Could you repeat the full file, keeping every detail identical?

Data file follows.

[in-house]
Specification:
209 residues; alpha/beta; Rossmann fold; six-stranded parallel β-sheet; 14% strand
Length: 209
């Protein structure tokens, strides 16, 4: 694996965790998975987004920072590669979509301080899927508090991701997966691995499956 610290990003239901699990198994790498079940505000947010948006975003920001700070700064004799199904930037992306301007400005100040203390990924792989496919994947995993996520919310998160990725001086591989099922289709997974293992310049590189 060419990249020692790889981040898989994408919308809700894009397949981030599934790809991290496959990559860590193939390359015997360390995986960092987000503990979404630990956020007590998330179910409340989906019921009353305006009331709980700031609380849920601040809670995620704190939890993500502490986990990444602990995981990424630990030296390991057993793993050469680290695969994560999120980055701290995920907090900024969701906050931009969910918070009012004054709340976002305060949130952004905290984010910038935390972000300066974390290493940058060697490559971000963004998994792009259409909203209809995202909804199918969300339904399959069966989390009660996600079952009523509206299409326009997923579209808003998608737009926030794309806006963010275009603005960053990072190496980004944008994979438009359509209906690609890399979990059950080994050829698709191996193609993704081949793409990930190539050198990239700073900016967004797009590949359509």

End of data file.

[in-house]
Specification:
209 residues; alpha/beta; Rossmann fold; six-stranded parallel β-sheet; 14% strand
Length: 209
């Protein structure tokens, strides 16, 4: 694996965790998975987004920072590669979509301080899927508090991701997966691995499956 610290990003239901699990198994790498079940505000947010948006975003920001700070700064004799199904930037992306301007400005100040203390990924792989496919994947995993996520919310998160990725001086591989099922289709997974293992310049590189 060419990249020692790889981040898989994408919308809700894009397949981030599934790809991290496959990559860590193939390359015997360390995986960092987000503990979404630990956020007590998330179910409340989906019921009353305006009331709980700031609380849920601040809670995620704190939890993500502490986990990444602990995981990424630990030296390991057993793993050469680290695969994560999120980055701290995920907090900024969701906050931009969910918070009012004054709340976002305060949130952004905290984010910038935390972000300066974390290493940058060697490559971000963004998994792009259409909203209809995202909804199918969300339904399959069966989390009660996600079952009523509206299409326009997923579209808003998608737009926030794309806006963010275009603005960053990072190496980004944008994979438009359509209906690609890399979990059950080994050829698709191996193609993704081949793409990930190539050198990239700073900016967004797009590949359509």